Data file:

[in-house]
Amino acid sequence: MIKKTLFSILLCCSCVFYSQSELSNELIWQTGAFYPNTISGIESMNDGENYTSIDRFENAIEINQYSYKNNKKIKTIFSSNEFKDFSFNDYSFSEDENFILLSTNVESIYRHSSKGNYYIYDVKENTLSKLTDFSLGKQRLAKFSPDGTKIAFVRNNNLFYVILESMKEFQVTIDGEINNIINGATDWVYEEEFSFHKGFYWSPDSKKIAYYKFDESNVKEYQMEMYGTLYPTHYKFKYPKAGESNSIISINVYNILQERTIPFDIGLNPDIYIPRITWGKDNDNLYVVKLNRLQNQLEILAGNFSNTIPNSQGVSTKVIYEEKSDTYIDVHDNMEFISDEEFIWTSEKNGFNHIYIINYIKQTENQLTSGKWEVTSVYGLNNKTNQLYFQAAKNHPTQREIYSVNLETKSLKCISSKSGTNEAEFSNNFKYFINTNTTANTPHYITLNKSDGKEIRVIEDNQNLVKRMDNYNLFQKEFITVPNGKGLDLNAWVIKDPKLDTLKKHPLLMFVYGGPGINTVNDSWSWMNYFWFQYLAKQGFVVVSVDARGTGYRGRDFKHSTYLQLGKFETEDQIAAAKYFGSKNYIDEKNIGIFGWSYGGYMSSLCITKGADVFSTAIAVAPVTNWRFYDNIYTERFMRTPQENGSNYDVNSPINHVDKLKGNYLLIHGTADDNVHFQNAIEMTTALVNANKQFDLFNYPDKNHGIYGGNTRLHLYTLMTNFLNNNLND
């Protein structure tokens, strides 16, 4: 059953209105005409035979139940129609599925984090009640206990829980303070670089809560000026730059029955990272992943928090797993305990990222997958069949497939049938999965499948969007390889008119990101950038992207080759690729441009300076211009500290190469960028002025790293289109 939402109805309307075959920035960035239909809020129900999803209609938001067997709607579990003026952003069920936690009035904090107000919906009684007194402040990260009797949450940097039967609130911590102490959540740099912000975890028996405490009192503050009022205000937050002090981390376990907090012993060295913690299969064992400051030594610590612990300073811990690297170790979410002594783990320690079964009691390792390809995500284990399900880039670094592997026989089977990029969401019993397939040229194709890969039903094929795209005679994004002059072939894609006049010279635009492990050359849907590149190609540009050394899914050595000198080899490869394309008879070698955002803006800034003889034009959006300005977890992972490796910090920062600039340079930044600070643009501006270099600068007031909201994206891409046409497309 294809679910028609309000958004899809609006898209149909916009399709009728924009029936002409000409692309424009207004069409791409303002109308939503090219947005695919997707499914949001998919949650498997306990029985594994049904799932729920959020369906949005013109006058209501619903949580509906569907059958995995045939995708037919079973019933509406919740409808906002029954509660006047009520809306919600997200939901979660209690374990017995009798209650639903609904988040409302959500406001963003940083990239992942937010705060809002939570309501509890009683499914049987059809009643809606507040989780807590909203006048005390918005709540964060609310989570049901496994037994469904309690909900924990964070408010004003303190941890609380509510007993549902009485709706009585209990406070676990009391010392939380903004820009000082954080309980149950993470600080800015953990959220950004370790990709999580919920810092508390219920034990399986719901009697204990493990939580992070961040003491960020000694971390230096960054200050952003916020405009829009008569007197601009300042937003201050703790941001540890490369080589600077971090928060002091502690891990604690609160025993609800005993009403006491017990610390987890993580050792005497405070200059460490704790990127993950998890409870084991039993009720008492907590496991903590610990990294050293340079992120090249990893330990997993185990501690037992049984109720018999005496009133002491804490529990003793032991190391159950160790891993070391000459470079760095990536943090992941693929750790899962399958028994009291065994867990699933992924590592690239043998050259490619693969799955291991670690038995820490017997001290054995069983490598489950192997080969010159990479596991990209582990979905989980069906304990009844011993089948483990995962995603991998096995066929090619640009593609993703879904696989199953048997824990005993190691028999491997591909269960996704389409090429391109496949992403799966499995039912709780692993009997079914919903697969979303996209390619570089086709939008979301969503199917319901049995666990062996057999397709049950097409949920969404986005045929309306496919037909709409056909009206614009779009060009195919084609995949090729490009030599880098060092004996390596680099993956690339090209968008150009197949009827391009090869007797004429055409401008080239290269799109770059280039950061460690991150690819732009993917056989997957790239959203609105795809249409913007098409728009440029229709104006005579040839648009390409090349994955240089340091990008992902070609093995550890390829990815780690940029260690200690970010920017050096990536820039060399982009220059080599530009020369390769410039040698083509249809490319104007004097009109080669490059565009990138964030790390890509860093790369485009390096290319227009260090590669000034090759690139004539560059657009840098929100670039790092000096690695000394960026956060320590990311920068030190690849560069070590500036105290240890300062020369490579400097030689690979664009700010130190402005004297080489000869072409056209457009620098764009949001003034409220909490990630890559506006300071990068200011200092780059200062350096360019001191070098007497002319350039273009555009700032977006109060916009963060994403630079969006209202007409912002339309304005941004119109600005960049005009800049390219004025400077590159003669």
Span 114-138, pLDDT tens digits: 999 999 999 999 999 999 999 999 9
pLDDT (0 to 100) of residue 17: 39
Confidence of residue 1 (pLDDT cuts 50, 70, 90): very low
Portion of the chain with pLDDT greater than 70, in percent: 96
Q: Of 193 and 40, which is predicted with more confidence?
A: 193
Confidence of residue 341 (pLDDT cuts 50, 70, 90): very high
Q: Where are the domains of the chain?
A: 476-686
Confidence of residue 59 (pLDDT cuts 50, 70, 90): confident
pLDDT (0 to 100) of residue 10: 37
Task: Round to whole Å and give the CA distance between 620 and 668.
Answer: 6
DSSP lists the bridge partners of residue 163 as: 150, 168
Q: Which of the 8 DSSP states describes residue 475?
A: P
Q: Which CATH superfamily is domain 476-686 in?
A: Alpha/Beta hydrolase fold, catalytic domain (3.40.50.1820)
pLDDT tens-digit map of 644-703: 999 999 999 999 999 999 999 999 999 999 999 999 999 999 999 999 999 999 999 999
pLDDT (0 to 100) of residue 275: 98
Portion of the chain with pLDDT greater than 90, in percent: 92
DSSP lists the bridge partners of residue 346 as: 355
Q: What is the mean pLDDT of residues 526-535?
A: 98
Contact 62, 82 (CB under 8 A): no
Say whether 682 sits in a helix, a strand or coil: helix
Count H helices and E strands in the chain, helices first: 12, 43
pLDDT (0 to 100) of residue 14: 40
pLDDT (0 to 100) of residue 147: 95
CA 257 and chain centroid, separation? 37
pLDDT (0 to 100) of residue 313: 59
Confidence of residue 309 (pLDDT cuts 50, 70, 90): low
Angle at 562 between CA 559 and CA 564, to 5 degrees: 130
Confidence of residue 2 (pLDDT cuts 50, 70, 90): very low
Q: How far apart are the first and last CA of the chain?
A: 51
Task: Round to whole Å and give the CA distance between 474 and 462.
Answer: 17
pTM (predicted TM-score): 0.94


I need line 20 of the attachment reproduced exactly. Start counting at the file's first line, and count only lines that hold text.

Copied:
Q: Which CATH superfamily is domain 476-686 in?